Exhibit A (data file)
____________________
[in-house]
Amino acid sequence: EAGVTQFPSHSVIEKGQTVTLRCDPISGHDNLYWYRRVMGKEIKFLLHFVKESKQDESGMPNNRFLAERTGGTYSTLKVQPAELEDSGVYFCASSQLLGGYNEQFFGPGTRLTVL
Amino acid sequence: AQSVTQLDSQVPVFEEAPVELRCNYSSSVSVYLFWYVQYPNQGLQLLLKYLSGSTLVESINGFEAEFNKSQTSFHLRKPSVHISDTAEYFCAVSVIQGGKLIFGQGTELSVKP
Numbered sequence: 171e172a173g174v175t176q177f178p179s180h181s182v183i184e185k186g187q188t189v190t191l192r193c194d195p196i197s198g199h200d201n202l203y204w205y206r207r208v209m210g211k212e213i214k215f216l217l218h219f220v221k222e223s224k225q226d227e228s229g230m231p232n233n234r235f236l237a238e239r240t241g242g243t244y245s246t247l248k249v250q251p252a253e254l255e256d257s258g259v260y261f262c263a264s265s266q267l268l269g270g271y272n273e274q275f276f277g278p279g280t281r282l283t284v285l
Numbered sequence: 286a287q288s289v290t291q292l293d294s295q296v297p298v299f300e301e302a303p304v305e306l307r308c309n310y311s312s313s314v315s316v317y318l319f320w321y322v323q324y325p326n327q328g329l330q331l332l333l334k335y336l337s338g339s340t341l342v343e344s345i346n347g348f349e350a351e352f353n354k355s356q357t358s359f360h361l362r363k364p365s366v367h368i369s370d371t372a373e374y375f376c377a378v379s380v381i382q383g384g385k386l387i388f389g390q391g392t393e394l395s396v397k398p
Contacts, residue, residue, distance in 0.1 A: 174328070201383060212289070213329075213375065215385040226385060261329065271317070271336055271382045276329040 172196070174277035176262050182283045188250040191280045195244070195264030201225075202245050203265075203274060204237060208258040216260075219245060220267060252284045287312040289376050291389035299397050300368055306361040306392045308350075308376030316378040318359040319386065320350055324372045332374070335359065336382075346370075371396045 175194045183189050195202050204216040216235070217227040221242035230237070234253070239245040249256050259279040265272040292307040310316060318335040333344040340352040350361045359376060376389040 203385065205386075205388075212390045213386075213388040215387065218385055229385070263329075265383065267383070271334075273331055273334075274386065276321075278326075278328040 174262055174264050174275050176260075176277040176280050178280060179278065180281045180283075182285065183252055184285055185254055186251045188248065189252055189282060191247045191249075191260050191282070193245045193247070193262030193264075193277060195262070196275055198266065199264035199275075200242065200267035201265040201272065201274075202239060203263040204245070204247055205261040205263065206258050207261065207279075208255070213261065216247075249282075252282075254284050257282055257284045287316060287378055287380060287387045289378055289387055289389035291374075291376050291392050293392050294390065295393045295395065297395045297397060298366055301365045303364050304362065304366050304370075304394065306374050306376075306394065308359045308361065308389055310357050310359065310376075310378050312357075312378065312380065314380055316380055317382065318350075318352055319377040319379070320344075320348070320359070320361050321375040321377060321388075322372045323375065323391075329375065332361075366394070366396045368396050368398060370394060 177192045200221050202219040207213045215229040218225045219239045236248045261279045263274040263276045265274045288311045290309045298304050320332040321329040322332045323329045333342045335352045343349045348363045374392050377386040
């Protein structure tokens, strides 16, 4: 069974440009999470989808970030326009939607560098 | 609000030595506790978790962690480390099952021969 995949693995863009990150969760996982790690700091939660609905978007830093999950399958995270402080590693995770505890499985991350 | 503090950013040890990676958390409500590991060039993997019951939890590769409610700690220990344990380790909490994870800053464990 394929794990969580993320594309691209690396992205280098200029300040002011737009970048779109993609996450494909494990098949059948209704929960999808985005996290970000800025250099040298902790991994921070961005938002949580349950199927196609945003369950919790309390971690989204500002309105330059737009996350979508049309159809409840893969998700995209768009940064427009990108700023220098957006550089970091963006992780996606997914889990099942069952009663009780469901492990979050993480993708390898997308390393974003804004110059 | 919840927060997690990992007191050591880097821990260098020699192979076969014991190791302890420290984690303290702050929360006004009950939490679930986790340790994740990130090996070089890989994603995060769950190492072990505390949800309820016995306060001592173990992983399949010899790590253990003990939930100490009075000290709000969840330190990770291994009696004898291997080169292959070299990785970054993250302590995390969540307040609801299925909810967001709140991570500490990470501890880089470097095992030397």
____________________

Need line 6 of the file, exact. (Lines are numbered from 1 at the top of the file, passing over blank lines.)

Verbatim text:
Contacts, residue, residue, distance in 0.1 A: 174328070201383060212289070213329075213375065215385040226385060261329065271317070271336055271382045276329040 172196070174277035176262050182283045188250040191280045195244070195264030201225075202245050203265075203274060204237060208258040216260075219245060220267060252284045287312040289376050291389035299397050300368055306361040306392045308350075308376030316378040318359040319386065320350055324372045332374070335359065336382075346370075371396045 175194045183189050195202050204216040216235070217227040221242035230237070234253070239245040249256050259279040265272040292307040310316060318335040333344040340352040350361045359376060376389040 203385065205386075205388075212390045213386075213388040215387065218385055229385070263329075265383065267383070271334075273331055273334075274386065276321075278326075278328040 174262055174264050174275050176260075176277040176280050178280060179278065180281045180283075182285065183252055184285055185254055186251045188248065189252055189282060191247045191249075191260050191282070193245045193247070193262030193264075193277060195262070196275055198266065199264035199275075200242065200267035201265040201272065201274075202239060203263040204245070204247055205261040205263065206258050207261065207279075208255070213261065216247075249282075252282075254284050257282055257284045287316060287378055287380060287387045289378055289387055289389035291374075291376050291392050293392050294390065295393045295395065297395045297397060298366055301365045303364050304362065304366050304370075304394065306374050306376075306394065308359045308361065308389055310357050310359065310376075310378050312357075312378065312380065314380055316380055317382065318350075318352055319377040319379070320344075320348070320359070320361050321375040321377060321388075322372045323375065323391075329375065332361075366394070366396045368396050368398060370394060 177192045200221050202219040207213045215229040218225045219239045236248045261279045263274040263276045265274045288311045290309045298304050320332040321329040322332045323329045333342045335352045343349045348363045374392050377386040